Longevity Meme Newsletter, October 23 2006

October 23 2006

The Longevity Meme Newsletter is a weekly e-mail containing news, opinions and happenings for people interested in healthy life extension: making use of diet, lifestyle choices, technology and proven medical advances to live healthy, longer lives.



- Nanotechnology and Life Extension, Updated
- Reporting on the Alcor Conference 2006
- Thoughts on Volunteering
- Discussion
- Latest Healthy Life Extension Headlines


Chris Phoenix, co-founder of the Center for Responsible Nanotechnology, dropped me a line to remind of past updates to the version of his essay "Nanotechnology and Life Extension" at the Longevity Meme. After updating, I feel I should remind you folk that the article is just as good a read today as it was when first penned:


"A few thousand years ago, people lived about thirty years. From their point of view, we have already extended our lives to an amazing degree. However, from where we stand today, we can see that we still have a long way to go. Some people still die in their 40's from cancer, heart attack, stroke, and infections. This is tragic, and frustrating. Today's medicine is only somewhat able to deal with these and other conditions--and it has barely started to attack the problem of aging. But we can see light at the end of the tunnel.

"Fifty years from now, what causes of death will be preventable? That depends largely on the technology we will have available, so let's start by projecting some technology trends. Gene sequencing and identification will be as easy as a blood sugar test. Medical devices such as artificial hearts and insulin pumps will be implantable and well-integrated with the body's natural demands. Surgical instruments will be more delicate and less destructive; what today is 'major surgery' will be done with an office visit. Computers will be millions of times faster than today's machines. Last but not least, we will probably have the ability to build strong, useful, complex machines out of individual atoms and molecules. This is called 'nanotechnology' or simply 'nanotech', and it will make us healthier in several important ways."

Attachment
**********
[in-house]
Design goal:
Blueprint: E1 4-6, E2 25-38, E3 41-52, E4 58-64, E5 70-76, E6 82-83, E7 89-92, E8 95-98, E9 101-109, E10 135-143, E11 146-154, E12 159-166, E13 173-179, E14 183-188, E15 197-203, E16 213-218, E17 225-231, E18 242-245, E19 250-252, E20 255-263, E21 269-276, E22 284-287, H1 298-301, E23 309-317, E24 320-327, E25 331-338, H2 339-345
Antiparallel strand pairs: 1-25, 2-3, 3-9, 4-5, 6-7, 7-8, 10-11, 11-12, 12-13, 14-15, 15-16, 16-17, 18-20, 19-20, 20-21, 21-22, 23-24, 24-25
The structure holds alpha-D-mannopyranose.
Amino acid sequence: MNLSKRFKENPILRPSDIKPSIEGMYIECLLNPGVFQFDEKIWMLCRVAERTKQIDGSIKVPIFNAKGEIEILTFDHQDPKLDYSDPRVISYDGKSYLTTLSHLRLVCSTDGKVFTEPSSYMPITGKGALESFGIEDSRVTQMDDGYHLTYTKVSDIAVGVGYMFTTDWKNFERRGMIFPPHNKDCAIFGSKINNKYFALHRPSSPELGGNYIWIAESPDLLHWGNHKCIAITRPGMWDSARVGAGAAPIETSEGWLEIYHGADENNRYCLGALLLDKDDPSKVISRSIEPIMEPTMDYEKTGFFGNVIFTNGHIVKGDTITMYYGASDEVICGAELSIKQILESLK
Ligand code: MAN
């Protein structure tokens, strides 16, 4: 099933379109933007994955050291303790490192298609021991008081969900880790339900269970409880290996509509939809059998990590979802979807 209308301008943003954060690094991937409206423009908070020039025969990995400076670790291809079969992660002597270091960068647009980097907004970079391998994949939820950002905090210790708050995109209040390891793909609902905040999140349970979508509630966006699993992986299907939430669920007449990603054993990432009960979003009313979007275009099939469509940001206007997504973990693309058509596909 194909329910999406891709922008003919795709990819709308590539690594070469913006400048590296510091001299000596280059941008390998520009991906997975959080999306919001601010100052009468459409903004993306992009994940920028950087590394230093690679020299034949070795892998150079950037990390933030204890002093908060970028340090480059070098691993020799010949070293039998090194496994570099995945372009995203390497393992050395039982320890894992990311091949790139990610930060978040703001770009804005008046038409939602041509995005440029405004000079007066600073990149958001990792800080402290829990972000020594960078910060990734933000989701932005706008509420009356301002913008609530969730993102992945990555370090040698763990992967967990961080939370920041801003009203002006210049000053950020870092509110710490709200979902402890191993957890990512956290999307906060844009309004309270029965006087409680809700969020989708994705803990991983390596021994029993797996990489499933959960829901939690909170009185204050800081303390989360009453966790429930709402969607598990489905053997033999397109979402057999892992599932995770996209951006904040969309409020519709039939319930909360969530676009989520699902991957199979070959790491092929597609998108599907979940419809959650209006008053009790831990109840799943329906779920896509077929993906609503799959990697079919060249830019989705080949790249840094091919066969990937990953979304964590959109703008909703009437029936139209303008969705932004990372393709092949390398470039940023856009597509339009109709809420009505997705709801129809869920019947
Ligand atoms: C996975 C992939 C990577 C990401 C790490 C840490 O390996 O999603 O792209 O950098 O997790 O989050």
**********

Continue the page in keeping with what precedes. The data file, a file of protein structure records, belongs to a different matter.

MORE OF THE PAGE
Mike LaTorra was kind enough to post his thoughts on the recent Alcor Conference 2006 to Cryonet. Links and excerpts can be found at the following Fight Aging! post:


Supporting the development and increasing professionalism of cryonics organizations is a sensible insurance policy for those interested in healthy life extension. Being cryopreserved is only the second worse thing that can happen to you - and you actually have some chance (albeit unknown) of coming back afterwards. You'll find an introduction to this line of thinking at the Longevity Meme:



Having been out there stumping for donors and publicity back when the Methuselah Foundation was just the MPrize - and the fund was a mere $15,000 - I have to say I'm damn impressed at how far this has come. So many similar efforts have failed, become sidetracked or never amounted to much - but the Methuselah Foundation has succeeded, and succeeded in making a mark. Succeeded because ever more people saw its merits and put their strength behind the wheel.


Anne C., who has been volunteering with the Foundation of late, had this to say: "If there's one thing I've learned from all this so far, it's that there's no reason to think of yourself as someone who can't do anything, or that there are just special people in the world who get 'chosen' to help out in certain areas. If you want to help out with something, or you think you have something to say, just put it out there and see what happens!"

Very much to the point: if you want something done, get out there and do it. No one will stand in your way, and I suspect you'll be surprised as to just how much you can achieve. Read more here on volunteering with the Methuselah Foundation's efforts to speed development of healthy life extension technologies:



The highlights and headlines from the past week follow below.

Remember - if you like this newsletter, the chances are that your friends will find it useful too. Forward it on, or post a copy to your favorite online communities. Encourage the people you know to pitch in and make a difference to the future of health and longevity!


Founder, Longevity Meme



To view commentary on the latest news headlines complete with links and references, please visit the daily news section of the Longevity Meme: http://www.longevitymeme.org/news/